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What I Use: HTC Windows Phone 8X

As soon as I saw the HTC Windows Phone 8X back in September, I knew. I tried to be pragmatic, talk myself into the possibility that the Nokia Lumia 920 was a viable competitor, but it’s not. Let me just be clear here: There is the HTC Windows Phone 8X, and then there is everything else. And this handset isn’t just better than the Windows Phone competition. It’s better than all smart phones. And it will be my day-to-day phone going forward.

I couldn’t be happier.

The HTC 8X, as I’ll call it, is the only smart phone on the market that edges past the iPhone 5 in terms of sheer beauty. It’s better looking, and it feels better in the hand, while offering the same benefits of a thin and tall design. Since hardware design was the iPhone’s biggest advantage over previous Windows Phone handsets, this is a huge accomplishment.


Compared to other flagship Windows Phones, there’s no contest. The Lumia 920 is a honking beast of a machine that makes even the Lumia 900 look a bit tweenish by comparison. And the Samsung ATIV-S, despite a surprisingly thin form factor given the size of its screen, is plain looking. Not ugly. Just not interesting.


The HTC 8X comes in three brilliant colors—the deep blue I’m using, red, and yellow—plus black, and as with the Lumia devices, the color isn’t painted on, it’s baked into the unibody design, and issimply gorgeous looking. More to the point, it’s the opposite of the iPhone in hand-feel: Where Apple’s machine has harsh edges, the 8X is soft and wonderful. It’s almost fetishistic. I can’t stop touching it. (Enough of that.)


Long-time readers know I’ve become somewhat obsessed about smart phone camera quality. I’ve been taking photos with this thing since Monday and the picture quality is superb, easily the best of any smart phone I’ve ever owned. An impromptu camera test pitting the 8X against an iPhone 5 on Tuesday was inconclusive: The shots were nearly identical, which I take as a good sign. But I’ll be doing a more detailed comparison of the cameras in the 8X, the iPhone 5 and the Lumia 920. You can stay tuned for that, but it doesn’t matter. The 8X’s 8 megapixel camera is absolutely good enough for me, and when you combine it with the form factor advantages, the argument is simply moot. The 8x is the best overall Windows Phone 8 handset. And the best smart phone, period.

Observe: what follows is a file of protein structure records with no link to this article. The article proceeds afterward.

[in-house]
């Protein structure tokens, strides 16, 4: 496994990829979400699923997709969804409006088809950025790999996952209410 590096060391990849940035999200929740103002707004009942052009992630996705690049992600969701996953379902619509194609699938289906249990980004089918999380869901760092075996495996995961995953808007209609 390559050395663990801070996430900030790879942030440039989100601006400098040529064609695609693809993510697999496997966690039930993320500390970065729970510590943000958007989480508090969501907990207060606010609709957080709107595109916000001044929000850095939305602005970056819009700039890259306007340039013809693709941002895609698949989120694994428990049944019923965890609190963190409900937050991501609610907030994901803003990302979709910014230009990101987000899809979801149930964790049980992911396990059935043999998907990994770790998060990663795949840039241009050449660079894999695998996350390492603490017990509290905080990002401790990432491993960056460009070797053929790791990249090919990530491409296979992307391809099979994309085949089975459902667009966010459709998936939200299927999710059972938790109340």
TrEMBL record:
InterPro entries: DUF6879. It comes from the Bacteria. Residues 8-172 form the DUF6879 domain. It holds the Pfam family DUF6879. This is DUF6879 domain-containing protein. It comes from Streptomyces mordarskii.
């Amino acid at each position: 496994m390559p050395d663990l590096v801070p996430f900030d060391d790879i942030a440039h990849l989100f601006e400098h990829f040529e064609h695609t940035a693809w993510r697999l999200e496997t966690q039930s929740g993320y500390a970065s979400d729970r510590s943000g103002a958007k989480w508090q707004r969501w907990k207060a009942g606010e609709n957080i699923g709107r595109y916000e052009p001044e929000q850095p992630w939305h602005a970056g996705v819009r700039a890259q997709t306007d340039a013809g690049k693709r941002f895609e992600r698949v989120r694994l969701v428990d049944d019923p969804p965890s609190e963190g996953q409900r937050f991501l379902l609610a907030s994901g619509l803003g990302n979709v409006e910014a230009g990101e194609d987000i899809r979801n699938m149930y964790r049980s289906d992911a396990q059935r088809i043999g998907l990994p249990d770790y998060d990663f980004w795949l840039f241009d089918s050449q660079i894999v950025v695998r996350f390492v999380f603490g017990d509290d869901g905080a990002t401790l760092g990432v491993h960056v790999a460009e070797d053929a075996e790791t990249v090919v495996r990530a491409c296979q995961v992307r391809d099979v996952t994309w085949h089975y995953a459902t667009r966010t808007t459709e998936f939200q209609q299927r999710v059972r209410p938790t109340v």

Photo taken with the 8X

I’ve already written about the numerous improvements in Windows Phone 8 in Welcome To Windows Phone 8 and will continue to write about this amazing smart phone software in the weeks and months ahead via a growing series of tips and other articles. I’m also writing a free book about Windows Phone 8, which should give you an idea of how strongly I feel that this platform is the best mobile solution, bar none. So there’s no need to beat that one to death: The HTC 8X runs the world’s best smart phone software. Let’s move on.


HTC does include a handful of apps on the phone. One I find surprisingly useful is simply called HTC, and I use it primarily to glance at the time, since it features a wonderfully large clock display on its tile. But this app can also be used as the lock screen background, which I’m using too, and there it features the local weather, which is certainly useful too.

HTC also includes converter, flashlight, photo editing, and Yellow Pages, apps—nothing too exciting if you’re familiar with Nokia’s rich Lumia-only apps library—and of course you get the AT&T apps prebundled, most of which I uninstall.


From a tech specs perspective, the HTC 8X is fairly leading edge for a Windows Phone. It has a 4.3 inch screen with Gorilla Glass 2 running at 720p HD resolution (1280 x 720). It features a 1.5 GHz dual-core QUALCOMM processor, 1 GB of RAM, 16 GB of non-expandable internal storage, works with GSM/GPRS/EDGE and HSPA/WCDMA networks, and comes with GPS, digital compass, proximity, and ambient light sensors.

The HTC 8X also includes a built-in amp, and using it each morning to listen to music and podcasts as I get ready for work, I’m stunned by how loud and clear the internal speaker sounds. But it also includes Beats Audio: Plug in headphones or speakers and crank it up, because it sounds fantastic. This is the best-sounding smart phone I’ve ever used.


Battery life has been on par with my Lumia 900 this week in heavy usage. And for once, this is real world usage: I’ve dragged this thing with me to four cities this week and really used the heck out of the device.

It’s not perfect. The HTC 8x lacks micro-SD expansion, and some may pine for that or at least more internal storage. The side-mounted hardware buttons—power, volume, and camera—are flush to the device and sometimes hard to press.

And … I’m pretty much grasping at straws here, trying to come up with something to criticize.

This phone is awesome. And once you see one in person, and hold it in your own hand, you’ll get it: Apple’s tired, repetitive hardware designs have finally met their match and the other Windows Phone handsets have been put to shame. The HTC Windows Phone 8X is the obvious choice. The only choice. And you’ll want one too.


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